As part of our treatment of young people, medication is sometimes offered, with the decision as to whether it should be given resting with the young people themselves or with their parents, depending on their age and their understanding of the potential risks and benefits.
The decision to give medication is never made lightly and as a general rule, if there is another way, we would normally recommend that the other way be tried first, before turning to medication.
Medication can be very effective in relieving symptoms and by and large there are not too many side effects from it. Perhaps more importantly it can be much easier to make a decision to start using medication than it can to stop using it. Although very few of our medications are physically addictive, they can be psychologically addictive, which means that you might feel like you need to keep taking them even if your body doesn't actually need to.
At the end of the day, the decision to use medication rests with young people and their parents and is never done without permission.
There are four main kinds of medication we tend to use:
- Sleep medication
- Medication to target over-activity, inattention and impulsivity (ADHD).
Each of these categories of medication contain a number of different drugs, but within each category the drugs are often quite similar, with slightly different ranges of side effects, speeds of action, and other properties.
These are used to target symptoms of very low mood, where they are not thought to be caused by life circumstances, and can also be used in young people who have very high levels of anxiety, high levels of panic, or who have obsessive and compulsive tendencies.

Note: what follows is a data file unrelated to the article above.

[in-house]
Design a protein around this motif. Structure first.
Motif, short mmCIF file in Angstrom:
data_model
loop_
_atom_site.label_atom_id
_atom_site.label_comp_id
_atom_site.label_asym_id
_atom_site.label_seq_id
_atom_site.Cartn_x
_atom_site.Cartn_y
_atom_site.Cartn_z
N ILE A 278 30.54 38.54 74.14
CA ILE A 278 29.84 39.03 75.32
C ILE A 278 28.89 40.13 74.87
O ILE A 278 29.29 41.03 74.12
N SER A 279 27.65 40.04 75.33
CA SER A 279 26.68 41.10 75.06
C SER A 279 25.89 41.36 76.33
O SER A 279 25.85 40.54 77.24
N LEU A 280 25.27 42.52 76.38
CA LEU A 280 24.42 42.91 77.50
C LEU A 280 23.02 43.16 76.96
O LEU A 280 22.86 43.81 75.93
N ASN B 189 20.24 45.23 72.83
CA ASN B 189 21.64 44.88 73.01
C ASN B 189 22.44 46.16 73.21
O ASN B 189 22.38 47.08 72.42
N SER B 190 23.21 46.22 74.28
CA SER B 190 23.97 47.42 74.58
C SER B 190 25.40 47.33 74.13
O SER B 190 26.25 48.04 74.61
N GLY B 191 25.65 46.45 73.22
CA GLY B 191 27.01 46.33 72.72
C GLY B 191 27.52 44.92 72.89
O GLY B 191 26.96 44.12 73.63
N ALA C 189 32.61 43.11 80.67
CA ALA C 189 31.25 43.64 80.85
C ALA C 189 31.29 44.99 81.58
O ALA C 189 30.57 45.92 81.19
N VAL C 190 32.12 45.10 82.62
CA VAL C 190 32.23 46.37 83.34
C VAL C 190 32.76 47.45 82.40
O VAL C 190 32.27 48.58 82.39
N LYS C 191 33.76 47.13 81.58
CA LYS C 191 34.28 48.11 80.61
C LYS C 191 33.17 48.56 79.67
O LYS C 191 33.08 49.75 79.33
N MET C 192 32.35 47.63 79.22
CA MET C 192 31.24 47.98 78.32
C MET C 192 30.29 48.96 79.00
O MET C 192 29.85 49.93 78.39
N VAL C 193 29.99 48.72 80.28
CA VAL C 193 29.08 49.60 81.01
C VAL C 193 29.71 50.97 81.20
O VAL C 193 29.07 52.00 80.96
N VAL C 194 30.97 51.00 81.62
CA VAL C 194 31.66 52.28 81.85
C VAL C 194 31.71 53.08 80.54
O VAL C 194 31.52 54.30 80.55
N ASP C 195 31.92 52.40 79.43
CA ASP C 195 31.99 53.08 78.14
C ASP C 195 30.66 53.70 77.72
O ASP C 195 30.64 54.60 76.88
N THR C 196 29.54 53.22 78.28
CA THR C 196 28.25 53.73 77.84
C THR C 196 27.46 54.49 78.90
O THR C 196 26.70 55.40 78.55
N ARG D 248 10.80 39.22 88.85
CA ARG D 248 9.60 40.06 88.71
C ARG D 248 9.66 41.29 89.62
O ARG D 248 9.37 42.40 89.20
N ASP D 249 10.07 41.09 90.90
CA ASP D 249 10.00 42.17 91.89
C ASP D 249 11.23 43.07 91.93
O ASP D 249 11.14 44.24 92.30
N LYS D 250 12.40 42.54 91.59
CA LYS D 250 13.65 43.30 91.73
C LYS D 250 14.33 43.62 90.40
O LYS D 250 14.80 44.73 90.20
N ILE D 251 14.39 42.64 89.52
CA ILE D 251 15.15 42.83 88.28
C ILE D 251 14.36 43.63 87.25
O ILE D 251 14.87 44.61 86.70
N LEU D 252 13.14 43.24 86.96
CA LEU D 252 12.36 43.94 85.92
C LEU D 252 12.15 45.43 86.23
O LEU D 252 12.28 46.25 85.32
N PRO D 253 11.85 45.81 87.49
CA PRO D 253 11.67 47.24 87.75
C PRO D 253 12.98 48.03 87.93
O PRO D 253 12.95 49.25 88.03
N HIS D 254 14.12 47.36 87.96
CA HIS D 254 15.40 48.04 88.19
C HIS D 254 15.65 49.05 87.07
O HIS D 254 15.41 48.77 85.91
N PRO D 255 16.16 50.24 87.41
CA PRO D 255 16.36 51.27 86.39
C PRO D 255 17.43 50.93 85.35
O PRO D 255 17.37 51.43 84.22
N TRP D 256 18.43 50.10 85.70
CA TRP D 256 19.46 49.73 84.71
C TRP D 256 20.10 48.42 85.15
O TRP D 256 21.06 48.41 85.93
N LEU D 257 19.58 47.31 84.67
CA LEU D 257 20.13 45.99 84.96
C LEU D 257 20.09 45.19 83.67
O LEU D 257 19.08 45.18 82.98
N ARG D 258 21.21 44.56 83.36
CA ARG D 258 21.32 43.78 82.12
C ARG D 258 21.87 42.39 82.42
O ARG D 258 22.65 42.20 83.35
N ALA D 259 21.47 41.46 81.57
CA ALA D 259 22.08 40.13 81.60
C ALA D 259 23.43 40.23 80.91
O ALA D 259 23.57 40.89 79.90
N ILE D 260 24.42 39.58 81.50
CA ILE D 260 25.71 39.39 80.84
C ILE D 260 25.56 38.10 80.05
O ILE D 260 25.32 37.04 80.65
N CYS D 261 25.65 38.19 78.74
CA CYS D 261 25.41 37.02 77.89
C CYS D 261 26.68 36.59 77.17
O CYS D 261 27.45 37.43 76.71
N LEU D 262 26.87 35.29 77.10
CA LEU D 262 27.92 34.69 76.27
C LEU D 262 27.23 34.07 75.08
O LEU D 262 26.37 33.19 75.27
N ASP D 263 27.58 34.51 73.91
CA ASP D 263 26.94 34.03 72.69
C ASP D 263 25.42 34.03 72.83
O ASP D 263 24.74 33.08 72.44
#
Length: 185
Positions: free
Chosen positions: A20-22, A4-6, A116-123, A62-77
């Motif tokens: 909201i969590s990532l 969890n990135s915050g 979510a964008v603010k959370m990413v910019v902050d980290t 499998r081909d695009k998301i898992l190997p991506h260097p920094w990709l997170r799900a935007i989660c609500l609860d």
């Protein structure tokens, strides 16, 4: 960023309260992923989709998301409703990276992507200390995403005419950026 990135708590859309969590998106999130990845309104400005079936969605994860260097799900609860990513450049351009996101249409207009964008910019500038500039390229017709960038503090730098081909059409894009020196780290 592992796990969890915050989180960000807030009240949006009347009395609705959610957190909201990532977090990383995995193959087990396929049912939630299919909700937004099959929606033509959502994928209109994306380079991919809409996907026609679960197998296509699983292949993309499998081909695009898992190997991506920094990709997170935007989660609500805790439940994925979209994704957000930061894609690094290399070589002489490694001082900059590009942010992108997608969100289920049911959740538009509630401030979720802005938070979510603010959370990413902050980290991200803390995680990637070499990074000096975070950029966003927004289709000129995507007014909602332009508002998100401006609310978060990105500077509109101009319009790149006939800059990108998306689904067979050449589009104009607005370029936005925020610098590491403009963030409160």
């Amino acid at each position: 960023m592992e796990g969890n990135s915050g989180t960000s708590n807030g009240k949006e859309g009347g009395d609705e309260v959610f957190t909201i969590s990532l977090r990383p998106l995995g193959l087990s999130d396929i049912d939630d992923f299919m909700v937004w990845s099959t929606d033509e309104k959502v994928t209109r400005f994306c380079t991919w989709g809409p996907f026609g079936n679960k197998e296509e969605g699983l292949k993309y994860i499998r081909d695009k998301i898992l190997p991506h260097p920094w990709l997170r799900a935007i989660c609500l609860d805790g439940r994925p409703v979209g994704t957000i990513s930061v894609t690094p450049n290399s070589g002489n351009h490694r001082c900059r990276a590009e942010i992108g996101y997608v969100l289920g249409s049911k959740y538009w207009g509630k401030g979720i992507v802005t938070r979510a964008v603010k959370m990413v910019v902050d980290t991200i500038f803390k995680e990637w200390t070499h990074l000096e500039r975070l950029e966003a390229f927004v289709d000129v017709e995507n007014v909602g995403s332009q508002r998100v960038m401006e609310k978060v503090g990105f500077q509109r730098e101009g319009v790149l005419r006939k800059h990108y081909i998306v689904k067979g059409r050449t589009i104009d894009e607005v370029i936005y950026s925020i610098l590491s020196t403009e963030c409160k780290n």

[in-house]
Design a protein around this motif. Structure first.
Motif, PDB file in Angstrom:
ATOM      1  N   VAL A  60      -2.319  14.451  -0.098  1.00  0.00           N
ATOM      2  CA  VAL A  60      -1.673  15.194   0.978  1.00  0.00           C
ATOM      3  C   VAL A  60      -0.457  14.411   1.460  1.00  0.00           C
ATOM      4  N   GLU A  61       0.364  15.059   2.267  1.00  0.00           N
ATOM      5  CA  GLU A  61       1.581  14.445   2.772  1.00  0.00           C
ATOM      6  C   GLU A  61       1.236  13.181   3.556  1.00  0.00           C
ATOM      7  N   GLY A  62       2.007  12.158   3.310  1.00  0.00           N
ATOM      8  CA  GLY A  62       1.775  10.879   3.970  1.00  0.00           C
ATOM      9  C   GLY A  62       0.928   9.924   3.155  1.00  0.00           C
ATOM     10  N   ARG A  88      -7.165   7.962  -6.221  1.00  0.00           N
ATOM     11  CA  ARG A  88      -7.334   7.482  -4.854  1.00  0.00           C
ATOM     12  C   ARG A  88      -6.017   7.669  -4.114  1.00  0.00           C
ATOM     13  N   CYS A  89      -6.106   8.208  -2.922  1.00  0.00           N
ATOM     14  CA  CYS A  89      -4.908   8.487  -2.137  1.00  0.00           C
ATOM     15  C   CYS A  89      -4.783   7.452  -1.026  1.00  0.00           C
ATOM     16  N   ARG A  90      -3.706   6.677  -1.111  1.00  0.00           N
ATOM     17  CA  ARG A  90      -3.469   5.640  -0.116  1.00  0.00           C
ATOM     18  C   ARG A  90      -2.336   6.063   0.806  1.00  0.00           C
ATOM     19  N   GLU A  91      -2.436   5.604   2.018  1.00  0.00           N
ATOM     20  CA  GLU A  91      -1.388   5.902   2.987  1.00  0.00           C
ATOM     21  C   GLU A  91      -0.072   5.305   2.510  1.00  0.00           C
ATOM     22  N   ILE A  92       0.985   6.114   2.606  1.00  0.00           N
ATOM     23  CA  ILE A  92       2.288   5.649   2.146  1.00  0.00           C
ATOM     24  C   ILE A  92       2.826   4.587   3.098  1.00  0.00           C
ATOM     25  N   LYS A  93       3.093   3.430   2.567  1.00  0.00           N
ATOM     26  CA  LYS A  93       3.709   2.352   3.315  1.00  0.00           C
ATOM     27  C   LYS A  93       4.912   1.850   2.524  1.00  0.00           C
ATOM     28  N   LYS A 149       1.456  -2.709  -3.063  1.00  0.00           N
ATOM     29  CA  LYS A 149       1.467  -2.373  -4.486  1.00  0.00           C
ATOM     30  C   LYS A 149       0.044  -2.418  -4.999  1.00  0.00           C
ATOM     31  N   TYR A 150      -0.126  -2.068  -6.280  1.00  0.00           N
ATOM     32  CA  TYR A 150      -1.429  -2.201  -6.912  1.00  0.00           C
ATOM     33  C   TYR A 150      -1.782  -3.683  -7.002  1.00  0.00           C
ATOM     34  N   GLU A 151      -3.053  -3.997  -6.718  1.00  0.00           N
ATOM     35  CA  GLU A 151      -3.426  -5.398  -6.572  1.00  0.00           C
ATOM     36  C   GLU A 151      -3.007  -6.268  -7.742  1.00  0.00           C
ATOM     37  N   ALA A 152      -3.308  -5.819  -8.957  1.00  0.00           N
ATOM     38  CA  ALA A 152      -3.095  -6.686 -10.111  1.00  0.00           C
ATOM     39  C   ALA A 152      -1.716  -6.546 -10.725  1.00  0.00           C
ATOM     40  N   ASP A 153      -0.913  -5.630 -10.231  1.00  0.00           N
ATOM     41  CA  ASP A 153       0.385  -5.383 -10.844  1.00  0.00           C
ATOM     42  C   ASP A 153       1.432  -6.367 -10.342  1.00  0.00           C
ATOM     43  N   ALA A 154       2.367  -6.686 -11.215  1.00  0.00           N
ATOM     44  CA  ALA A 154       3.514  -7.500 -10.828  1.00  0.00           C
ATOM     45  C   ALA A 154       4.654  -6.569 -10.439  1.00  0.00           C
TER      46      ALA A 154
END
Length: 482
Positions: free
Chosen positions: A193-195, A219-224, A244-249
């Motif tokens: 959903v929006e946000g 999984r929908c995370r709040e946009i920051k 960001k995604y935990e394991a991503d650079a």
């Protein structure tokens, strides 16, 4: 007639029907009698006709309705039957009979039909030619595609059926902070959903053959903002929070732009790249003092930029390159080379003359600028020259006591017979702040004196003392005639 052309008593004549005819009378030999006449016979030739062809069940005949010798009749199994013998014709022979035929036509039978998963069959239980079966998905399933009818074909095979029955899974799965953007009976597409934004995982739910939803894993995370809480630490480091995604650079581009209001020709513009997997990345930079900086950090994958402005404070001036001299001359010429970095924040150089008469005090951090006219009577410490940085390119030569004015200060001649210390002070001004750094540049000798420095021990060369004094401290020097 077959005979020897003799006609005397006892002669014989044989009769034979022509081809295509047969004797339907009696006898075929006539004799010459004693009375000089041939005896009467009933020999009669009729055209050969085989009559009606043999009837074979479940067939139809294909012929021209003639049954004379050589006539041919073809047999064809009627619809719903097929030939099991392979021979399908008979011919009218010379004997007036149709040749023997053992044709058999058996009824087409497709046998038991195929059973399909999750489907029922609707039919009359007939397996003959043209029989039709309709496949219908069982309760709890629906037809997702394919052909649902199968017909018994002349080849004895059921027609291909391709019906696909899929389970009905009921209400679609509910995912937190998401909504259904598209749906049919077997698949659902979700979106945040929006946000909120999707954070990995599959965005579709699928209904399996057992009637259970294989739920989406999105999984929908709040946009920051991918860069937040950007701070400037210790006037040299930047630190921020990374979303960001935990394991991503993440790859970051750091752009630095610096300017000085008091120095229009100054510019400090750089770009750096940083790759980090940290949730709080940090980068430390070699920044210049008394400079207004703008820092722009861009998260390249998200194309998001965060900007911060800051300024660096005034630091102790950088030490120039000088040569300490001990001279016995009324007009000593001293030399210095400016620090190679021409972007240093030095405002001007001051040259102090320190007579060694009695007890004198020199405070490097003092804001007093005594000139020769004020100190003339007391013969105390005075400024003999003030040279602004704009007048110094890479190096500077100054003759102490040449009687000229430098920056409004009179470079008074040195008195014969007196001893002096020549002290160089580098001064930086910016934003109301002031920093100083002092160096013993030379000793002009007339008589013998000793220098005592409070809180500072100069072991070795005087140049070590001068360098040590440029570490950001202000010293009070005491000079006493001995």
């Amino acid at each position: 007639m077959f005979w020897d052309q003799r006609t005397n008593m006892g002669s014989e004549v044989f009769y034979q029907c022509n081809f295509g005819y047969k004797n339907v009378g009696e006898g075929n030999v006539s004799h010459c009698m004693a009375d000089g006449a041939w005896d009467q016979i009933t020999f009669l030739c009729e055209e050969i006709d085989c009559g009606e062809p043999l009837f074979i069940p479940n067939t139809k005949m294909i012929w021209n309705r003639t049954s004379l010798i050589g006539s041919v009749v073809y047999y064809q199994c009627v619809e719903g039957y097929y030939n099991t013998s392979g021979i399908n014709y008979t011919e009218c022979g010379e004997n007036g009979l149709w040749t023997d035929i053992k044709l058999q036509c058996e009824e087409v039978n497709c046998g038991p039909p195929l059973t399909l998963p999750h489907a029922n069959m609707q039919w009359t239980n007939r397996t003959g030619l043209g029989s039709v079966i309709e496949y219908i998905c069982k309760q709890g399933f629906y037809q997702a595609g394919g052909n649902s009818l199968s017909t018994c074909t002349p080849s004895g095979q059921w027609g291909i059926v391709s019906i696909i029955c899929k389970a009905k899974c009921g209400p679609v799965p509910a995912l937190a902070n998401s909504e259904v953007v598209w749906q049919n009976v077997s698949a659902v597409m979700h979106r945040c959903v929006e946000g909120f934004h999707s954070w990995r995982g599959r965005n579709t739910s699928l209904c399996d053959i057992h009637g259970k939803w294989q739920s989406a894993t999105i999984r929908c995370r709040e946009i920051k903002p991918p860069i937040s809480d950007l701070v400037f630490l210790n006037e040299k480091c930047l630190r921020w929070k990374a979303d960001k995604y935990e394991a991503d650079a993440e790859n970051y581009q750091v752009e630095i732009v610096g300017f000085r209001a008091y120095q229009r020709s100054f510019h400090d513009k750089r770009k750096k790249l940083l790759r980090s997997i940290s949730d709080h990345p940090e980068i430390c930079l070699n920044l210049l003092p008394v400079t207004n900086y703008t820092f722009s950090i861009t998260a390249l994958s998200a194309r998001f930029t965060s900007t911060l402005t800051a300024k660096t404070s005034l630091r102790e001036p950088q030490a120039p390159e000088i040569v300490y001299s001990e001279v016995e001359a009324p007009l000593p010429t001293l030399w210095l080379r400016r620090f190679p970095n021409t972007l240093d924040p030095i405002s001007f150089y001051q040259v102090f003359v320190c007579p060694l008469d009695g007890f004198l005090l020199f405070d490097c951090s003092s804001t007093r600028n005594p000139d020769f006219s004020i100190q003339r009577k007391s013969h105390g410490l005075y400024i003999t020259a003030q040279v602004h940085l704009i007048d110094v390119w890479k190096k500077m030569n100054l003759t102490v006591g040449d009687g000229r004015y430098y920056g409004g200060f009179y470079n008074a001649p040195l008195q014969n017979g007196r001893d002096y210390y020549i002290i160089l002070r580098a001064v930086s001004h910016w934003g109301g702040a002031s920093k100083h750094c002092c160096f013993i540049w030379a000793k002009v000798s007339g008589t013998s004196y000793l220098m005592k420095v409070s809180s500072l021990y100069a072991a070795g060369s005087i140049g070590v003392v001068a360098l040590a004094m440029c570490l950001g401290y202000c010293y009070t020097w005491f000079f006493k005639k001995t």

These are sometimes offered where a young person has developed problems with psychosis, but are also used when mood is very intense or unstable. These kinds of medication are probably the most serious in terms of side effects and our hope is for young people to be on them for as short a time as possible.
Usually Melatonin, this is sometimes given where it has become clear that a more normal sleep pattern will cause a series of knock on positive effects for the young person during their waking hours.
Medication targeting ADHD
These can be incredibly effective at reducing levels of over-activity, attention problems and impulse control problems, but if they are going to be taken, they usually need to be taken for quite long periods of time, since they are not curing anything, but are masking the effects of a brain wired in a different way.
The internet is full of information about the kinds of drugs that are used by child mental health professionals, some positive about it, some negative about it. The information sheets we use are found on the Solent choice and medication website which details each particular drug that is used, why it is used, what the side effects and risks might be, and what the benefits might be.